Fermented Cranberries and Ginger (Recipe)

One of the benefits of cooking with fresh ingredients is that you can preserve unused leftovers for a future date.  We had ‘extra’ cranberries that were leftover from the holidays and decided to preserve them; had we bought sauce (or ‘jelly’), there would have been few options to preserve it as it is, essentially, an end product.

I decided against making sauce; we just don’t have enough occasions to eat it and I really enjoy making it the day we use it.  We had a fair number of cranberries left and wanted to take them in a different direction – so we decided on fermenting them (this ‘recipe’ takes about 10 minutes of active time).

Fermented Cranberries and Ginger (Recipe) Preserving Recipes January Ginger Cranberry

We had 2 pounds of cranberries.  Enough to easily fit in a large (2 quart) mason jar.  I love the 2-quarts (which may be tough to find in the US) as they are large – and wide-mouthed.  This makes using another jar as a ‘weight’ easy.  The key to fermenting is ensuring the product is completely submerged by the brine so we place a jar filled with brine on top of the cranberries as a weight and pack the jar just enough that the smaller jar can sit inside the larger while ensuring the tops of both jars are more-or-less level to assist in removing the smaller jar when needed.

If you can’t find a large mason jar, using a crock r a 1-quart jar is fine (just use a 1-cup or half-cup jar as your weight) and cut the recipe in half (or use two jars).

Fermented Cranberries and Ginger (Recipe) Preserving Recipes January Ginger Cranberry

Before sharing how to make this easy recipe, let’s share some ideas on what to do with the finished product.  I should mention that I’m jumping the shark a little bit here as we are about 6 days into the fermentation and, while it’s not complete, we had our first tastes last night and think we know where it’s going and what we’ll do with it:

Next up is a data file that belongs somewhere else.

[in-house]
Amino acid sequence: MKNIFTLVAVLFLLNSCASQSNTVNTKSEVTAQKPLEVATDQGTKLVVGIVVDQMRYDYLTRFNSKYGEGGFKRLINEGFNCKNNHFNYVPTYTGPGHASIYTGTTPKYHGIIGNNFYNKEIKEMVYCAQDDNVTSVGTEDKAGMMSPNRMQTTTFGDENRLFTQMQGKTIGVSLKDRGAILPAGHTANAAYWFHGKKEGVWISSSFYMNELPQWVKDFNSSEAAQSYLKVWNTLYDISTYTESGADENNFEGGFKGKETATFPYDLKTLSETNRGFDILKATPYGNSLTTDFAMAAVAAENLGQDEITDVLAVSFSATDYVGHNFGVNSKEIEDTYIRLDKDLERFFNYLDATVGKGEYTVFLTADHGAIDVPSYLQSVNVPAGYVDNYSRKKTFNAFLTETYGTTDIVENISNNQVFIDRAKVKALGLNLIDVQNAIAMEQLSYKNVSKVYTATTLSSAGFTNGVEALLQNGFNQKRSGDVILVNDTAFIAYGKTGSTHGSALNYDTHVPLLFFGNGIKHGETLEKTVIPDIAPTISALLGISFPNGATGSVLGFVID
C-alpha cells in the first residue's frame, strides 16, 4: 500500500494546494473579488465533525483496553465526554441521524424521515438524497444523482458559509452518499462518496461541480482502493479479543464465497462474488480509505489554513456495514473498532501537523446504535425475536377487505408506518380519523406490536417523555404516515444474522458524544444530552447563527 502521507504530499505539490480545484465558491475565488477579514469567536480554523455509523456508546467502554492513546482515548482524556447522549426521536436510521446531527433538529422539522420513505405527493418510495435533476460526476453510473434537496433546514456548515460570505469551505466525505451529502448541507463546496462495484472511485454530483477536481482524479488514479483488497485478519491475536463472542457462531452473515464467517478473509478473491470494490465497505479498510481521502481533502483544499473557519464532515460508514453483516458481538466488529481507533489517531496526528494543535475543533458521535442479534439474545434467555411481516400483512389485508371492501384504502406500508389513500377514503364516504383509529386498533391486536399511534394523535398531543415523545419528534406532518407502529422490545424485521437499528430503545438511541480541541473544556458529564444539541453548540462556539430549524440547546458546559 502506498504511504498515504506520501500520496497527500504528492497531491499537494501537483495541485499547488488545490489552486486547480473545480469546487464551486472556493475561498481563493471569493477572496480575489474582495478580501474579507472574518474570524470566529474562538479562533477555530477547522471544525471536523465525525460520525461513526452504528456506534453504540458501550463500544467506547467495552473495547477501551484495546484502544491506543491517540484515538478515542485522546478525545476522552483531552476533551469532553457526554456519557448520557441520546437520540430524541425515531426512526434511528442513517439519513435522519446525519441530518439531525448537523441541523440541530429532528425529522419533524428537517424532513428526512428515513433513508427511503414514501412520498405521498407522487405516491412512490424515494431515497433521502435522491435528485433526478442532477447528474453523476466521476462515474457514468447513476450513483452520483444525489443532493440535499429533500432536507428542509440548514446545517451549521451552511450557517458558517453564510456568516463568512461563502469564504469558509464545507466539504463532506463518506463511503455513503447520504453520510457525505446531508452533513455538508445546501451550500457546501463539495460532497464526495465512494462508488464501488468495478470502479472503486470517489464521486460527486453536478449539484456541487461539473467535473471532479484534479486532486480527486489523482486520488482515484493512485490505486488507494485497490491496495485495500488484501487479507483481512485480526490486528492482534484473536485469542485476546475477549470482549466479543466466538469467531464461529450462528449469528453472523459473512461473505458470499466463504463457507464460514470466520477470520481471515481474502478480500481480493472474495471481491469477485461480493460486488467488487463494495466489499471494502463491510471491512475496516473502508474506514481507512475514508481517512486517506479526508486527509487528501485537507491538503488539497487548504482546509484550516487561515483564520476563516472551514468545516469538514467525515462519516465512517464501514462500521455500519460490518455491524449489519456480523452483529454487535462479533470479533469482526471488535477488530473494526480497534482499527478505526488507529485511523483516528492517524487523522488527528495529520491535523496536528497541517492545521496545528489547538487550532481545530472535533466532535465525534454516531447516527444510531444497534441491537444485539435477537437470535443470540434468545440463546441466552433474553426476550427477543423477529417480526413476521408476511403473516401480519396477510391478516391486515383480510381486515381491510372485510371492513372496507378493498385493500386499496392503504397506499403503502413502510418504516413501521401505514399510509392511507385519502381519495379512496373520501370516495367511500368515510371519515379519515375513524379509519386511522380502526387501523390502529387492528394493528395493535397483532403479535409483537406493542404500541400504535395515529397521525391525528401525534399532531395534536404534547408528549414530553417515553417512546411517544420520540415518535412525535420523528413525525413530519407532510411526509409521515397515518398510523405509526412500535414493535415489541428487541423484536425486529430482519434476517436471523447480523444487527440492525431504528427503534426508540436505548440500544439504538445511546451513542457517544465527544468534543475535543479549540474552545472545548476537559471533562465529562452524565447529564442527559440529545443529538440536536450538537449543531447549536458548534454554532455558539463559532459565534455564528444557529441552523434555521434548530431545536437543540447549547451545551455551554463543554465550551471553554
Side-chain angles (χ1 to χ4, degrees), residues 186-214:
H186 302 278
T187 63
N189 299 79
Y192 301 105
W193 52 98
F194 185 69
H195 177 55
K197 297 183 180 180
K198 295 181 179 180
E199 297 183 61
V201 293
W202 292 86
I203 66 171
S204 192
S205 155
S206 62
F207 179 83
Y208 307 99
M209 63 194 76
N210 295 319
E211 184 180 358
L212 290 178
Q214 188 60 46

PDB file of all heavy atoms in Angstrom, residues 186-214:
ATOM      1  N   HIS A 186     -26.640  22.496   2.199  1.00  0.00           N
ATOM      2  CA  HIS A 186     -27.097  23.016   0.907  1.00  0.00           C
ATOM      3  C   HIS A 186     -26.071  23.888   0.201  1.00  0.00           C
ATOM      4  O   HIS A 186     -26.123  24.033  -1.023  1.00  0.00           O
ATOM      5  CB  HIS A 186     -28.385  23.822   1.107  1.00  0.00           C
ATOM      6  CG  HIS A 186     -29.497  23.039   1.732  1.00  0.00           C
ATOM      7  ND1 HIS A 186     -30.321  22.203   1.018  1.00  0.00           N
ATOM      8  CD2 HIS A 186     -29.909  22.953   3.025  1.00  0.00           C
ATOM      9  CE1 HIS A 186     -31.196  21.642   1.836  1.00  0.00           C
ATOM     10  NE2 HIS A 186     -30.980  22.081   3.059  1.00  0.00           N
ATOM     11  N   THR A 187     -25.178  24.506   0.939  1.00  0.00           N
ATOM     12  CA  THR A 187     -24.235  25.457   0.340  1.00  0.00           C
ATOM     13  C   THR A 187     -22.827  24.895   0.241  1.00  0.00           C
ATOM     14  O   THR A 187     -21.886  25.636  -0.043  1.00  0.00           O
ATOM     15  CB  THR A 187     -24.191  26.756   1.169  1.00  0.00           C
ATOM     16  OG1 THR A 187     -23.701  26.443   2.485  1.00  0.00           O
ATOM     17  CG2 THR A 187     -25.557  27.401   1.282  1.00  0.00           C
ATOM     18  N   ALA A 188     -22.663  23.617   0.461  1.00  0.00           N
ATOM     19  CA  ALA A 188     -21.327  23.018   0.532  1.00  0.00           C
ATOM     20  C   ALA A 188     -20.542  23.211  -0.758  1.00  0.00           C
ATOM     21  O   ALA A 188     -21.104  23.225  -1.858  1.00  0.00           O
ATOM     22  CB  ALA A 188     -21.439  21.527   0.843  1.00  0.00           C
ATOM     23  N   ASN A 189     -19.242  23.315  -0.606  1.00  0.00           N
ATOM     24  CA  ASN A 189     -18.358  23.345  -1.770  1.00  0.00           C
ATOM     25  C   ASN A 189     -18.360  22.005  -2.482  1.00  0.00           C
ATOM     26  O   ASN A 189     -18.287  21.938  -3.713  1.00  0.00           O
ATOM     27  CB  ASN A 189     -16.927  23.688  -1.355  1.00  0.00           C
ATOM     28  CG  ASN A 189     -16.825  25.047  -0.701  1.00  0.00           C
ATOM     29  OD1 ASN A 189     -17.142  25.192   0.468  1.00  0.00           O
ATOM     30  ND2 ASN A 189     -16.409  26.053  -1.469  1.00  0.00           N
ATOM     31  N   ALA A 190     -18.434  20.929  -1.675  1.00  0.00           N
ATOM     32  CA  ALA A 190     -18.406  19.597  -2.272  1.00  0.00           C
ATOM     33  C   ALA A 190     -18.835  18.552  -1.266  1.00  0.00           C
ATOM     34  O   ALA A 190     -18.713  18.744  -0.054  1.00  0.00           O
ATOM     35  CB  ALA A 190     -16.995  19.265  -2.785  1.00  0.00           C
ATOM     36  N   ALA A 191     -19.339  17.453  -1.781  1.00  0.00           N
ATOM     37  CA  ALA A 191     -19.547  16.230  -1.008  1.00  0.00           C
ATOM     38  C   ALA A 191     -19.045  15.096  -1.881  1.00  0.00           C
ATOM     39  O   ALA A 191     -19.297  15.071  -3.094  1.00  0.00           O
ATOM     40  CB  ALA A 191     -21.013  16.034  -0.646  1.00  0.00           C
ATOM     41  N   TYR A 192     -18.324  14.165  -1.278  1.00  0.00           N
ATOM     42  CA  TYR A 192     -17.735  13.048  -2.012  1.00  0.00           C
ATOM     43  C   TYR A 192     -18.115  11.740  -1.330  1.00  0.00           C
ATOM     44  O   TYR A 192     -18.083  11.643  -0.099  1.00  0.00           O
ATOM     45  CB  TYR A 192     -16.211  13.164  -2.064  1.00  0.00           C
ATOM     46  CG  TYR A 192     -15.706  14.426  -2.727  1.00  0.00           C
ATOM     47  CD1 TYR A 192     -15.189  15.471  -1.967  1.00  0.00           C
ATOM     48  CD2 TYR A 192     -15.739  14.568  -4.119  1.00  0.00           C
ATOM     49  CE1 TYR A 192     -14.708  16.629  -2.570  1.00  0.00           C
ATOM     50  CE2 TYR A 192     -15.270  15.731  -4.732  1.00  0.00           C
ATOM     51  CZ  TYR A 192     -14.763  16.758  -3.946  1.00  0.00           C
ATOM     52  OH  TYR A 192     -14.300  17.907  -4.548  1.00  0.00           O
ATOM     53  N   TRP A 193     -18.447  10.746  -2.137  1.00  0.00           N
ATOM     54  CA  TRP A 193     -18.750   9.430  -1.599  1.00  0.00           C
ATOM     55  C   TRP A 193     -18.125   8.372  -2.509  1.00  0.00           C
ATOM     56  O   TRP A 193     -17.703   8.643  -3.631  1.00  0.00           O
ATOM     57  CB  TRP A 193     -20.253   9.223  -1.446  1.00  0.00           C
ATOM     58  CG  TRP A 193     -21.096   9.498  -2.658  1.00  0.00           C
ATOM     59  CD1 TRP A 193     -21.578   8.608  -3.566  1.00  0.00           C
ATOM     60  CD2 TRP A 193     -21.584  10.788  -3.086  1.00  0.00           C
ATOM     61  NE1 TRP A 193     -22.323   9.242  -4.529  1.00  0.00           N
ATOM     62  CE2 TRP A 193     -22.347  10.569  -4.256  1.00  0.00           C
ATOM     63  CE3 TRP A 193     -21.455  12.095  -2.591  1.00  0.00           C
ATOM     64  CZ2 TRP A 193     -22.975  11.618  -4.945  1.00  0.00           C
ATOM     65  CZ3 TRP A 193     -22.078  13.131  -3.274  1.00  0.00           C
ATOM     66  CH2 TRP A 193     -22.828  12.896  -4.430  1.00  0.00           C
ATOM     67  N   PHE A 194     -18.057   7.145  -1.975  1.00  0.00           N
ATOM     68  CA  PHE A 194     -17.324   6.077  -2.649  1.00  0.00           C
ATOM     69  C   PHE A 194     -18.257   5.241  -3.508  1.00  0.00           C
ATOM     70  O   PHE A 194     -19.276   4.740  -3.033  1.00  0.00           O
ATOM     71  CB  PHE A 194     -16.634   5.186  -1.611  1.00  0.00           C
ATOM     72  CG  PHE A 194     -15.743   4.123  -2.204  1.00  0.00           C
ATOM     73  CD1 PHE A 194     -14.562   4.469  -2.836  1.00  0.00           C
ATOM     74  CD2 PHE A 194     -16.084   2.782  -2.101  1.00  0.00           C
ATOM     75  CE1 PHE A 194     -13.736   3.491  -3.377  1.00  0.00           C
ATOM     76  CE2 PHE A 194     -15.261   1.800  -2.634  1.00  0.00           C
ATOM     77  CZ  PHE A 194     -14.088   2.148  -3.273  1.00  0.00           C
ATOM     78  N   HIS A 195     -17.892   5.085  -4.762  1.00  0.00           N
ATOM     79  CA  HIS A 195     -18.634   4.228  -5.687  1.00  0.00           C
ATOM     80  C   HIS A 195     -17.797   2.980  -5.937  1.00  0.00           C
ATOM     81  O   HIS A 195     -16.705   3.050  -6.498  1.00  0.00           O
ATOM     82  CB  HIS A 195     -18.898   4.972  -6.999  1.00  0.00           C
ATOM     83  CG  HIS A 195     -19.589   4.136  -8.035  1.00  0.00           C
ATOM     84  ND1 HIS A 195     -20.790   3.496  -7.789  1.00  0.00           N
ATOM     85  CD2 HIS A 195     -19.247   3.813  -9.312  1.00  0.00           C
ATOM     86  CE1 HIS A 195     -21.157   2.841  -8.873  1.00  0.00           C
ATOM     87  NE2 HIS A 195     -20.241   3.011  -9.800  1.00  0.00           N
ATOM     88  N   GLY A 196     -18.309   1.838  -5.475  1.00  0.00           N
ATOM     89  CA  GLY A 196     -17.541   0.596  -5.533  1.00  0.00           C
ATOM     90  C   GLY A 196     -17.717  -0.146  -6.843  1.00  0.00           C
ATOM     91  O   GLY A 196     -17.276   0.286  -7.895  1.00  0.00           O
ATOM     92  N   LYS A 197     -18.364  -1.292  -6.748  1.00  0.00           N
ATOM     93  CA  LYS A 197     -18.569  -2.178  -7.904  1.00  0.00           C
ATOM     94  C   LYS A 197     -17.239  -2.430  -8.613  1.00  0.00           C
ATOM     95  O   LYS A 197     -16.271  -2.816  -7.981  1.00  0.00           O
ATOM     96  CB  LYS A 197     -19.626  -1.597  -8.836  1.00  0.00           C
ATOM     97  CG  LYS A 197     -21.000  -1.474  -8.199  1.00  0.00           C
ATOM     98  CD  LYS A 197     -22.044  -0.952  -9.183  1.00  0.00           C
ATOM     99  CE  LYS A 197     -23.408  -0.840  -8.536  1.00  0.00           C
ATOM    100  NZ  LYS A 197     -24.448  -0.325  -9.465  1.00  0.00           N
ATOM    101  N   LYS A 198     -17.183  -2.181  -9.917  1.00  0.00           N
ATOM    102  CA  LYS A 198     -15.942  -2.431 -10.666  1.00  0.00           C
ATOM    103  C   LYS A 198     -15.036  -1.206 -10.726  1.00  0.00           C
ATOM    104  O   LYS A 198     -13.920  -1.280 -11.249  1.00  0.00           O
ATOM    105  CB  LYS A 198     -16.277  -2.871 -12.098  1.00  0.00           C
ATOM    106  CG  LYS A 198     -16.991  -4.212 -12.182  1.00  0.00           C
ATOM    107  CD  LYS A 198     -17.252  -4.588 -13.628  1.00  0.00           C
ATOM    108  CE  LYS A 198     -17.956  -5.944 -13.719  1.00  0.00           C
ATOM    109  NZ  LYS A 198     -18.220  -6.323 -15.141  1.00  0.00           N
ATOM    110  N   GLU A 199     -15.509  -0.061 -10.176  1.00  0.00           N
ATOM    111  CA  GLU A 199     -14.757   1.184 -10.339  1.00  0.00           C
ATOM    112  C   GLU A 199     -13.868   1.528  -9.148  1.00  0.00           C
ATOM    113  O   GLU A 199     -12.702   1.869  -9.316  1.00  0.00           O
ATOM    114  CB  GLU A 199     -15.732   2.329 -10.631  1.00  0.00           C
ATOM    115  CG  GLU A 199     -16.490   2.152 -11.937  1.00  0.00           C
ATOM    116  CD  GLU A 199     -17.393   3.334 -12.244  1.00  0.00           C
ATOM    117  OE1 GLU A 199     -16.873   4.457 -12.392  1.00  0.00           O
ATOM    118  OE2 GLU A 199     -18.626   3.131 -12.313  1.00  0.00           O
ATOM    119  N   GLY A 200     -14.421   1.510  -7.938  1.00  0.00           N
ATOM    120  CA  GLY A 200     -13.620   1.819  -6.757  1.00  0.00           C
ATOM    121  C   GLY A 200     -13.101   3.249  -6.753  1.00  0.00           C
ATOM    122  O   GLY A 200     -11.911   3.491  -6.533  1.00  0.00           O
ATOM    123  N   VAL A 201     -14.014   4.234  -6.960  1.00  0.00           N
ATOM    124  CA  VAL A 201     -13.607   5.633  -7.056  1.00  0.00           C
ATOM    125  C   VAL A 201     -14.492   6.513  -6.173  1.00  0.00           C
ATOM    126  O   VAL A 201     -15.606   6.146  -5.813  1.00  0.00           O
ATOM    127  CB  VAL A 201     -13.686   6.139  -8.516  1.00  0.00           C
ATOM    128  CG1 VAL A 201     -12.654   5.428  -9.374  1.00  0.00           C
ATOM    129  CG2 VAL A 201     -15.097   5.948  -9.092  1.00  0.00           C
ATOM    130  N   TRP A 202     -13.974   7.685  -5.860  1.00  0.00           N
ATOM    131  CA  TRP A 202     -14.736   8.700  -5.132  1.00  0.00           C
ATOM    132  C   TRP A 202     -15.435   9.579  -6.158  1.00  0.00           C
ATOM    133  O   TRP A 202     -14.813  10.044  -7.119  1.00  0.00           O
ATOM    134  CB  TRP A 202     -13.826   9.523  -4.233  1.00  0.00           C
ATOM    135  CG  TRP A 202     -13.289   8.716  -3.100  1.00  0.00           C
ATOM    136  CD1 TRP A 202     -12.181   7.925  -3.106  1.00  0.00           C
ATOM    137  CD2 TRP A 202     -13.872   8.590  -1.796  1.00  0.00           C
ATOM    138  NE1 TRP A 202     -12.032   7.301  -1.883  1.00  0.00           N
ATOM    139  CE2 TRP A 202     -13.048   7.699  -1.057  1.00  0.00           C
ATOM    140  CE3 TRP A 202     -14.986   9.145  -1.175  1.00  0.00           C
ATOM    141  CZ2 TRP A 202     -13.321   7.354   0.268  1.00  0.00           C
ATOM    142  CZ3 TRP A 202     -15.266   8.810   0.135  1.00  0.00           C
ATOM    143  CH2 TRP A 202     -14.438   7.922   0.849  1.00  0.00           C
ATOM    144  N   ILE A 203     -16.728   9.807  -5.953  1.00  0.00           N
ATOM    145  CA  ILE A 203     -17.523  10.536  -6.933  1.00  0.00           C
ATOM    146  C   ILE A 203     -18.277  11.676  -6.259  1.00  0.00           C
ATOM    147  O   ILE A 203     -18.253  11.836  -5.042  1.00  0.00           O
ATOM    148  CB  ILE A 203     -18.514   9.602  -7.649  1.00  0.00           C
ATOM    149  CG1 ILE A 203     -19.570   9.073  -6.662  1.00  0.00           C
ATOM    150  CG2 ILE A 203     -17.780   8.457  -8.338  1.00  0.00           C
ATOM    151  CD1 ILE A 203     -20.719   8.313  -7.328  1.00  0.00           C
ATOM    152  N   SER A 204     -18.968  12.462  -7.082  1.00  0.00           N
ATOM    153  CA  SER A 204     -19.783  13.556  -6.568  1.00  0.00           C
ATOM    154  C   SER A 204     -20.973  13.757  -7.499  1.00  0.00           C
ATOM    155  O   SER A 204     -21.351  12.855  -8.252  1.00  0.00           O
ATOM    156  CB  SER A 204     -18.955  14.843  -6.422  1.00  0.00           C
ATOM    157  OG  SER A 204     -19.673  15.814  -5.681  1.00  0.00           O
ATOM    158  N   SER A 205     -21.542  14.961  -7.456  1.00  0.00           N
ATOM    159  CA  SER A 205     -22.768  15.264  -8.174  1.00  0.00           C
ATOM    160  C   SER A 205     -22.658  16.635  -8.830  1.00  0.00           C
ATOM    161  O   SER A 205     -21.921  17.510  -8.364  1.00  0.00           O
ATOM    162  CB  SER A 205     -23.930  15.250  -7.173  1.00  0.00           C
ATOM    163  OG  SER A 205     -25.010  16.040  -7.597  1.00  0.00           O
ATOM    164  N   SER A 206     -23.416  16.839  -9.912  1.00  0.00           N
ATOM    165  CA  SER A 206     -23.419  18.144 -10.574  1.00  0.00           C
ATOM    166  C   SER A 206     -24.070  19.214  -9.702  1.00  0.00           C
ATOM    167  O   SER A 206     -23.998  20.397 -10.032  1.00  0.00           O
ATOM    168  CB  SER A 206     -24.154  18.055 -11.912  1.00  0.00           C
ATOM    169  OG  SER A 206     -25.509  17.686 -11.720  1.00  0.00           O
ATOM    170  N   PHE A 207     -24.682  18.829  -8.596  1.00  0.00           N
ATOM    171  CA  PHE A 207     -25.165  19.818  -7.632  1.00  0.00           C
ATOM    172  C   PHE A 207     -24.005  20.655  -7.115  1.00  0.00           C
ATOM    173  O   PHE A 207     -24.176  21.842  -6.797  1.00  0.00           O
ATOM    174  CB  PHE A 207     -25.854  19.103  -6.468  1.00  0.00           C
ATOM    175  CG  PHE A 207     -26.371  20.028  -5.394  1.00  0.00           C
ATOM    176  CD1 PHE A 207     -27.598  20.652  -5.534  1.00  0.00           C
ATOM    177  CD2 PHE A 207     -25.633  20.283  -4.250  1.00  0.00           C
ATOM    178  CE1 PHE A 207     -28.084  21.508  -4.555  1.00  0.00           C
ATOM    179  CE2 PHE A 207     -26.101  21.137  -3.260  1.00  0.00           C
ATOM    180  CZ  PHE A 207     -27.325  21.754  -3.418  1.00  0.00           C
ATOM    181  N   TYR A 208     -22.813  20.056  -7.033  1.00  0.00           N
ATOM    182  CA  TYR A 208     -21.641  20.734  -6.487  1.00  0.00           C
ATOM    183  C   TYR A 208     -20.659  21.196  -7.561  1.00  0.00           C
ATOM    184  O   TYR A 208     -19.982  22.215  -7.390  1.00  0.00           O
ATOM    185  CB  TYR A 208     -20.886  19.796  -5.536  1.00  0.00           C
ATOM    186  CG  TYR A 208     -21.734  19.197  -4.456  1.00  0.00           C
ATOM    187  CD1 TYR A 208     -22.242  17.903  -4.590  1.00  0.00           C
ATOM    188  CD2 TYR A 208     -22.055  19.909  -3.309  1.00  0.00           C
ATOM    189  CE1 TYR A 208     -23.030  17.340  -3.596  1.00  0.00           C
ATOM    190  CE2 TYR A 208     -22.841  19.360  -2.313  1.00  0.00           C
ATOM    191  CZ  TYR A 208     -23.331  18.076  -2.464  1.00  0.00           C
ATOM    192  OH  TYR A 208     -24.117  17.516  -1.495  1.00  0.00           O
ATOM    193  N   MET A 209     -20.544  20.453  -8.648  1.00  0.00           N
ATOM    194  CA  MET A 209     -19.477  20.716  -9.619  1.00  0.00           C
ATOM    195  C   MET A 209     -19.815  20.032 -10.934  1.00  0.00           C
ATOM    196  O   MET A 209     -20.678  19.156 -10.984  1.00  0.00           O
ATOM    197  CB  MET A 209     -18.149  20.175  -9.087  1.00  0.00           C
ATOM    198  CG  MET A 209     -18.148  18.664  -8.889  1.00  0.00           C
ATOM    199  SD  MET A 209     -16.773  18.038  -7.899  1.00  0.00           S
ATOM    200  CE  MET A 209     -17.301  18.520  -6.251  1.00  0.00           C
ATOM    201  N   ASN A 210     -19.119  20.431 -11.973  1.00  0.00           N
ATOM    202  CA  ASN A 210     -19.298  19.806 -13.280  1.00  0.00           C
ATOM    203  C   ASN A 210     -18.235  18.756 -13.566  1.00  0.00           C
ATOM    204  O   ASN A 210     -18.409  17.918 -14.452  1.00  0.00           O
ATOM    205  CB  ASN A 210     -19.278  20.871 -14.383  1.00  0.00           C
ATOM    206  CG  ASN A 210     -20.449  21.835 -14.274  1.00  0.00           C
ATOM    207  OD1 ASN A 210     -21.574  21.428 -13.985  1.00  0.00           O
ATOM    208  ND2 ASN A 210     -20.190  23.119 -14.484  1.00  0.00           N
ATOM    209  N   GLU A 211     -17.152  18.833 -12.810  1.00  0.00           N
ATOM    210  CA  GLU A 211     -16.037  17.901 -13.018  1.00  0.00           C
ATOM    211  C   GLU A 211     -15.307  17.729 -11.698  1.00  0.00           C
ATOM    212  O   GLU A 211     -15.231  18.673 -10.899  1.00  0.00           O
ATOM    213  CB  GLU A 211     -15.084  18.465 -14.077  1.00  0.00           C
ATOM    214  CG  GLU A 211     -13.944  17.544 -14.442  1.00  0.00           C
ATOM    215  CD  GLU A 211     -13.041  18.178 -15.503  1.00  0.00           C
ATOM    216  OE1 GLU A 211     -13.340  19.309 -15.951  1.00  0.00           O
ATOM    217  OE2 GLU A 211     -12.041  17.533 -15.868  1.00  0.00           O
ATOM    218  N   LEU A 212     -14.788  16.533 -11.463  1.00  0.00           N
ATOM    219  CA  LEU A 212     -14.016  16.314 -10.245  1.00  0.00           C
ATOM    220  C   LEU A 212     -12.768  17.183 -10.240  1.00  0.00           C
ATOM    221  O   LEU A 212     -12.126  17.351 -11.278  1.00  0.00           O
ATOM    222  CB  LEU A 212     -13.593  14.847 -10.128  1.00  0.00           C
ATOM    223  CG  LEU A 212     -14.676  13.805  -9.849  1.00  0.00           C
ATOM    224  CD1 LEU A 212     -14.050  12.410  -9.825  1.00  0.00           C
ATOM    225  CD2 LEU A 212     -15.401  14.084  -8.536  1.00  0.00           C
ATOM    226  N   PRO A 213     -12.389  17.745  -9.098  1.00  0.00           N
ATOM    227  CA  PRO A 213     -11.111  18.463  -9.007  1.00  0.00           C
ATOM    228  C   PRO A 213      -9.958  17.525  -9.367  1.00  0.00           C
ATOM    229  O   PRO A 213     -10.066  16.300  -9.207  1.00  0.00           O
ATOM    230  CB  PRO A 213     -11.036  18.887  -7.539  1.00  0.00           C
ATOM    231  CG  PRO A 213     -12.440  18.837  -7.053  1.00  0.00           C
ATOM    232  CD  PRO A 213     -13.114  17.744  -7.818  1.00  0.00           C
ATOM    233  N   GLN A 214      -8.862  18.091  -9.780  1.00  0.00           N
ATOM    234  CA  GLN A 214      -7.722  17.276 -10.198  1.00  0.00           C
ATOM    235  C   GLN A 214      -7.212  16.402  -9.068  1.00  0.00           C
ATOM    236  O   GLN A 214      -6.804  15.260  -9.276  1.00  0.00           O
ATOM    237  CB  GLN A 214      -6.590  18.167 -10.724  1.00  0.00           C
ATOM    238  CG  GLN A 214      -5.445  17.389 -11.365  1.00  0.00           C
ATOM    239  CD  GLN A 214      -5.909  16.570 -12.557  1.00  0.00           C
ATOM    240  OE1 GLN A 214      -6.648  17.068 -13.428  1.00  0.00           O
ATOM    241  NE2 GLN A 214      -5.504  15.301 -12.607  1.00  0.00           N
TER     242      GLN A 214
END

• They can be eaten as-is.  They are less bitter than you imagine a cranberry to be and have become sour like you would expect with fermentation (i.e. a kosher pickle).  Treated as a relish (you could also add some lemon confit) this could be ideal with a strong fish.
  • They can be rinsed (removing some of the salt profile) and added to salads or even a stir-fry.
  • They could easily be added to stuffing (rinsed or not).
  • I added maple syrup to a small dish of the berries and maple syrup and it was delightful as-is or could be added to yogurt.
  • I keep thinking of placing a few of these in a bottom of a shot glass, covering it with vodka, waiting a few minutes and…  Well, you get the picture.


  • 2 pounds of cranberries (or as much as you want).  Inspect and pick out any ‘bad’ ones
  • 7 cups of room temperature water plus 1 cup of room temperature water
  • 5 tablespoons salt
  • Ginger – we used a solid hunk, about an inch wide.  I leave the skin on but you can peel if you prefer.